Drownings decreased in Virginia in 2020, but what’s happening in 2021?

Virginia News

Lifeguard Mackenzie Jones and a husband and wife saved a man from drowning in this Hanover subdivision pool. (Photo: 8News Reporter Sabrina Shutters)

RICHMOND, Va. (WRIC) — Drowning is the leading cause of death in children, according to the Centers for Disease Control and Prevention (CDC). But in Virginia, drowning deaths in children age 9 and younger have decreased since 2019.

According to the Associated Press, the number of drownings in 2021 in places like the Great Lakes have already surpassed the numbers recorded in 2020. But seven months into the new year, Virginia is still behind what was recorded during the coronavirus pandemic.

The Virginia Department of Health (VDH) recorded 114 drownings in 2020, up from 106 in 2019. But as of July 6, 2021, there have been 42 drownings statewide — 39 accidental, two suicides, and one undetermined.

“Based on the numbers, COVID-19 really didn’t have an impact on the overall totals,” VDH Statewide Forensic Epidemiologist Kathrin “Rosie” Hobron, MPH, said. “We have drowning deaths all year long (both indoor and outdoor drownings), but they are more frequent in the late spring through end of summer when the pools are open and people are at the river/lake/ocean when it’s hot outside.”

In 2019, 11 children between the ages of 1 and 4 lost their lives in a drowning incident. In 2020, that number decreased to 5. So far in 2021, one child in that age group has drowned in Virginia. But the numbers could change as the year goes on.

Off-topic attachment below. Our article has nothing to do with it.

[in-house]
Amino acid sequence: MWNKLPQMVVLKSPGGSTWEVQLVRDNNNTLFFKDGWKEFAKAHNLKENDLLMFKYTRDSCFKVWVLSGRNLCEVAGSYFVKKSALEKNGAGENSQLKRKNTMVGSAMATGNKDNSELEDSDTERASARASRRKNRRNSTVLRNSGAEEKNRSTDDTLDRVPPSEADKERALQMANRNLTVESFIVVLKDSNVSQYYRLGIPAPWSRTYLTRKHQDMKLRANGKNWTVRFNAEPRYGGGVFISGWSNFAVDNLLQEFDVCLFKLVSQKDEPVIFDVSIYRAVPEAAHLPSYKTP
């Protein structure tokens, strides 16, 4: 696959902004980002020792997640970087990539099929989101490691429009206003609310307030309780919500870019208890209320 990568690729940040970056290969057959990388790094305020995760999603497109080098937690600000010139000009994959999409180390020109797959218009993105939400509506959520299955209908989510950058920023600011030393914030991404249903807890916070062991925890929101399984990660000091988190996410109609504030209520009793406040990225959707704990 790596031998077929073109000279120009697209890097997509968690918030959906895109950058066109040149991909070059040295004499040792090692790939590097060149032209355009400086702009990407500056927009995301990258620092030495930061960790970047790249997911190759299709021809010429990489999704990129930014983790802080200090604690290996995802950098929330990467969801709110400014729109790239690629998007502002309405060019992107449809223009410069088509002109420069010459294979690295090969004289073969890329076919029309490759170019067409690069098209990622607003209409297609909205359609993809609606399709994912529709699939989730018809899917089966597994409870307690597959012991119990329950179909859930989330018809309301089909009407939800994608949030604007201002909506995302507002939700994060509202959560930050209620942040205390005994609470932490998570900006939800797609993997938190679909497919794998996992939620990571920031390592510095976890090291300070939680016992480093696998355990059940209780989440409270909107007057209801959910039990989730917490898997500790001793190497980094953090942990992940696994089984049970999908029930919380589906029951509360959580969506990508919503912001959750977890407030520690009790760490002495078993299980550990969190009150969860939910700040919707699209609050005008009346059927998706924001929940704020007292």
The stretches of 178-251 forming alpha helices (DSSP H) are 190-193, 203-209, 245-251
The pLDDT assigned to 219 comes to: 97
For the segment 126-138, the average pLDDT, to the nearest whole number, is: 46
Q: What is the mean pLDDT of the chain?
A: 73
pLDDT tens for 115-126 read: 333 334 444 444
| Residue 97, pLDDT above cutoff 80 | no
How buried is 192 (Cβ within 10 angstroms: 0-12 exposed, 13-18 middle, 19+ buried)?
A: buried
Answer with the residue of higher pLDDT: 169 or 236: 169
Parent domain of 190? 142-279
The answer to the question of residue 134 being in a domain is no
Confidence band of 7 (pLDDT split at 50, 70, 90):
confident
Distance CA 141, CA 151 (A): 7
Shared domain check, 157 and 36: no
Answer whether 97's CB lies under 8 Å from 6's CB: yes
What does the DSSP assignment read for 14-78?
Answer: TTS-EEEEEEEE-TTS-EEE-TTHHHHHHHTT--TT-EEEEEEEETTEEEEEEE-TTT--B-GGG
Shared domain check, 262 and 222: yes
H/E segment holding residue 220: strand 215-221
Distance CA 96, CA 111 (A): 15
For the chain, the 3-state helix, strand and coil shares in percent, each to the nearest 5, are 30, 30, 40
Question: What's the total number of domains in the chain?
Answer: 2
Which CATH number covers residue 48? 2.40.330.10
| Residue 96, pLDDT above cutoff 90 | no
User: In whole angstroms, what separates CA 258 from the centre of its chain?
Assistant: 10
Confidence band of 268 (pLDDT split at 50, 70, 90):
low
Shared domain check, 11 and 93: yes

This data, provided to 8News by VDH, shows that more Virginians drowned in 2020 than in 2019.

“It might appear that there are a lower number this year compared to last, but that’s most likely because we have pending cases that are yet-to-be certified and thus, are not counted in the 2021 totals,” Hobron said. “Death investigations and certification are not an instantaneous process and may take weeks to certify, depending on the type of death.”

According to the World Health Organization (WHO), children, males and individuals with increased access to water are most at risk of drowning. A 2014 global report on drowning showed that age was one of the major risk factors for drowning, a relationship that is often associated with a lapse in supervision.

Although the number of suicidal drownings throughout the Commonwealth decreased from 2019 to 2020, the number of accidental drownings increased. From 2019 to 2020, VDH reported that there were three more drownings in the 20-24 age range, four more drownings in the 25-34 age range and eight more drownings in the 45-54 age range.

So far, the number of Virginians who lost their lives in a drowning incident in any age range this year has not surpassed what VDH recorded in 2020. As note above, the data for 2021 is preliminary and subject to change.

In order to prevent drowning incidents, the CDC recommends barriers such as pool fencing to prevent young children from gaining access to a pool area without their caregivers’ awareness. The agency said that a four-sided isolation fence separating the pool area from the house and yard reduces a child’s risk of drowning by 83%, compared to three-sided property-line fencing that encloses the entire yard but does not separate the pool from the house.

The CDC also advised that not wearing life jackets, using drugs and prescription medications and drinking alcohol can contribute to drownings. In fact, the U.S. Coast Guard reported 613 boating-related deaths in 2019 — 79% of these deaths were drowning-related, and of those who died from drowning, 86% were not wearing life jackets.

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